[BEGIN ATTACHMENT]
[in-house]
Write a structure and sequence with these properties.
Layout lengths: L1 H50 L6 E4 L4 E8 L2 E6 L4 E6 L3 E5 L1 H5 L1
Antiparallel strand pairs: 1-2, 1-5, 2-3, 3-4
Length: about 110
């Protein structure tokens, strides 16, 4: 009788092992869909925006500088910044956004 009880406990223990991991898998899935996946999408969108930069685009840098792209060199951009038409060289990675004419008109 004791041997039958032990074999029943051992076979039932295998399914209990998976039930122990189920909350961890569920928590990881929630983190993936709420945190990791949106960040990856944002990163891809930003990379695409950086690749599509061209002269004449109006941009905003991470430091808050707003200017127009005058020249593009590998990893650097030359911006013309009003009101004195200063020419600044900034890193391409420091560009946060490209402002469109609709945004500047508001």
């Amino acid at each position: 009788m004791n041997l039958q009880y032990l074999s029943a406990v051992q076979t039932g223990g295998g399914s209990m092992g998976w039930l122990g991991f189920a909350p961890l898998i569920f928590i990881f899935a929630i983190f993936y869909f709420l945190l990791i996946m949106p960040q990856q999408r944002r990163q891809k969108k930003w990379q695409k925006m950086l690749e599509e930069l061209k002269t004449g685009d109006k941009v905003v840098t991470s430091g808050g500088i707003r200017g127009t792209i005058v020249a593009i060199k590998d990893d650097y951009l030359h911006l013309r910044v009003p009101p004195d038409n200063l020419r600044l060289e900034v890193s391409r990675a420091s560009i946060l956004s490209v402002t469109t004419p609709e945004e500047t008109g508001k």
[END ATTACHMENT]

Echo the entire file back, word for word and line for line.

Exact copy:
[in-house]
Write a structure and sequence with these properties.
Layout lengths: L1 H50 L6 E4 L4 E8 L2 E6 L4 E6 L3 E5 L1 H5 L1
Antiparallel strand pairs: 1-2, 1-5, 2-3, 3-4
Length: about 110
């Protein structure tokens, strides 16, 4: 009788092992869909925006500088910044956004 009880406990223990991991898998899935996946999408969108930069685009840098792209060199951009038409060289990675004419008109 004791041997039958032990074999029943051992076979039932295998399914209990998976039930122990189920909350961890569920928590990881929630983190993936709420945190990791949106960040990856944002990163891809930003990379695409950086690749599509061209002269004449109006941009905003991470430091808050707003200017127009005058020249593009590998990893650097030359911006013309009003009101004195200063020419600044900034890193391409420091560009946060490209402002469109609709945004500047508001």
């Amino acid at each position: 009788m004791n041997l039958q009880y032990l074999s029943a406990v051992q076979t039932g223990g295998g399914s209990m092992g998976w039930l122990g991991f189920a909350p961890l898998i569920f928590i990881f899935a929630i983190f993936y869909f709420l945190l990791i996946m949106p960040q990856q999408r944002r990163q891809k969108k930003w990379q695409k925006m950086l690749e599509e930069l061209k002269t004449g685009d109006k941009v905003v840098t991470s430091g808050g500088i707003r200017g127009t792209i005058v020249a593009i060199k590998d990893d650097y951009l030359h911006l013309r910044v009003p009101p004195d038409n200063l020419r600044l060289e900034v890193s391409r990675a420091s560009i946060l956004s490209v402002t469109t004419p609709e945004e500047t008109g508001k």